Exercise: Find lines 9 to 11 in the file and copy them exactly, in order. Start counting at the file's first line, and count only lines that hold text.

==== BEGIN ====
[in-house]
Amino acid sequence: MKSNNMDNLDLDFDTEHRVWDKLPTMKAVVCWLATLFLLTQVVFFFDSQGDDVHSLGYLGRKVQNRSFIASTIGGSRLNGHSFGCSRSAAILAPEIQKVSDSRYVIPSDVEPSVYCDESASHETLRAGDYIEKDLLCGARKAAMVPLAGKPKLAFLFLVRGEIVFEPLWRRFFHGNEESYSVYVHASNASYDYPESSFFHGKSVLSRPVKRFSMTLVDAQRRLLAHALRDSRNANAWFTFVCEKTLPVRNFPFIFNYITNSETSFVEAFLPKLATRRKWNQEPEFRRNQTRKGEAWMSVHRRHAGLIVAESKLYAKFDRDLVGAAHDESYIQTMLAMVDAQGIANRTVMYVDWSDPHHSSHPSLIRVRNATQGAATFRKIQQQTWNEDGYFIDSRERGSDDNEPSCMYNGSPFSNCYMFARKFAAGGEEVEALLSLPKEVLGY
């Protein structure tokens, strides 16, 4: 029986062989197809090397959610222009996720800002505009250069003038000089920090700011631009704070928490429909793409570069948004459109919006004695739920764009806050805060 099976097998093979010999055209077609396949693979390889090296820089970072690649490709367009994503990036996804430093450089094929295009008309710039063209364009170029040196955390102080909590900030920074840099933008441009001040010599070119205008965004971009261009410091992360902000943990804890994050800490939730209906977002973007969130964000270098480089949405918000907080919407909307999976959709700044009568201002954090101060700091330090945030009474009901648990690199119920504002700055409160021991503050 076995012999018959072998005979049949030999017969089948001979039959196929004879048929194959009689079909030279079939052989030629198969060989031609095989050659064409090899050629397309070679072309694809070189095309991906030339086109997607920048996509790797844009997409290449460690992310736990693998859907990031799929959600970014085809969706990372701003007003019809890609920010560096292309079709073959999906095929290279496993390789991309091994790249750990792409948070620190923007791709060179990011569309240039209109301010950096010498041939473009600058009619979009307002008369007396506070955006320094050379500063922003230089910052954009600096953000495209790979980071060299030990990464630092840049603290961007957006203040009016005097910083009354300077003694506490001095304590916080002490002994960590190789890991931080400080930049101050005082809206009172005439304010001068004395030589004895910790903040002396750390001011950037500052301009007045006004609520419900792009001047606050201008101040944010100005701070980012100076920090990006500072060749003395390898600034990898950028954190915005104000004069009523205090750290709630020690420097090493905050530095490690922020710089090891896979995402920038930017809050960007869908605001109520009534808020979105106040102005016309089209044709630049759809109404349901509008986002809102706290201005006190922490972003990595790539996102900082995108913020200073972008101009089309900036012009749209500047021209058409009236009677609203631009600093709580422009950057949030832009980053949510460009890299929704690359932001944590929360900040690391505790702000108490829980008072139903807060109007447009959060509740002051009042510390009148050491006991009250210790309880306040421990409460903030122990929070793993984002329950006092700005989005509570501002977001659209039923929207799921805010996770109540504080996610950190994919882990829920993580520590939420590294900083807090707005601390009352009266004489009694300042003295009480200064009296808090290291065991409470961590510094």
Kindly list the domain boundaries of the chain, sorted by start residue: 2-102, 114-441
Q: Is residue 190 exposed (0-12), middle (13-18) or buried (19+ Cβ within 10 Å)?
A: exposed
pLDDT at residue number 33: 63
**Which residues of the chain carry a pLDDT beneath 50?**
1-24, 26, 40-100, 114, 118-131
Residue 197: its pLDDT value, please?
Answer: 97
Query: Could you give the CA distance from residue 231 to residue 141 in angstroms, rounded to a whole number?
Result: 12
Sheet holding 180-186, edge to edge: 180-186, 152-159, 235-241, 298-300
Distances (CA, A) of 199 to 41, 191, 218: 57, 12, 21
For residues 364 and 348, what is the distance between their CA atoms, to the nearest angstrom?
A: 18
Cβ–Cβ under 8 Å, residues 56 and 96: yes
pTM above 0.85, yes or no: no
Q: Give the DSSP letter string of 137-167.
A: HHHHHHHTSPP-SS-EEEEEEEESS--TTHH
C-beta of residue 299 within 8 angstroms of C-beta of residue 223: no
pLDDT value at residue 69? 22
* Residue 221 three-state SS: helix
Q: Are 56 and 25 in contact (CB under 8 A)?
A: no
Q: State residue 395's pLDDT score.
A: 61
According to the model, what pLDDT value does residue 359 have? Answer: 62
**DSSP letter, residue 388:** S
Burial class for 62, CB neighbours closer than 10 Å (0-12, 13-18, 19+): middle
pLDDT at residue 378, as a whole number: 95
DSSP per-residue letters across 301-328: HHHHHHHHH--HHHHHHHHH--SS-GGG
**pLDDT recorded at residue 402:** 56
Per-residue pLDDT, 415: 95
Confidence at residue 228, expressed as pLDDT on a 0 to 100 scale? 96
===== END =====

1-24, 26, 40-100, 114, 118-131
Residue 197: its pLDDT value, please?
Answer: 97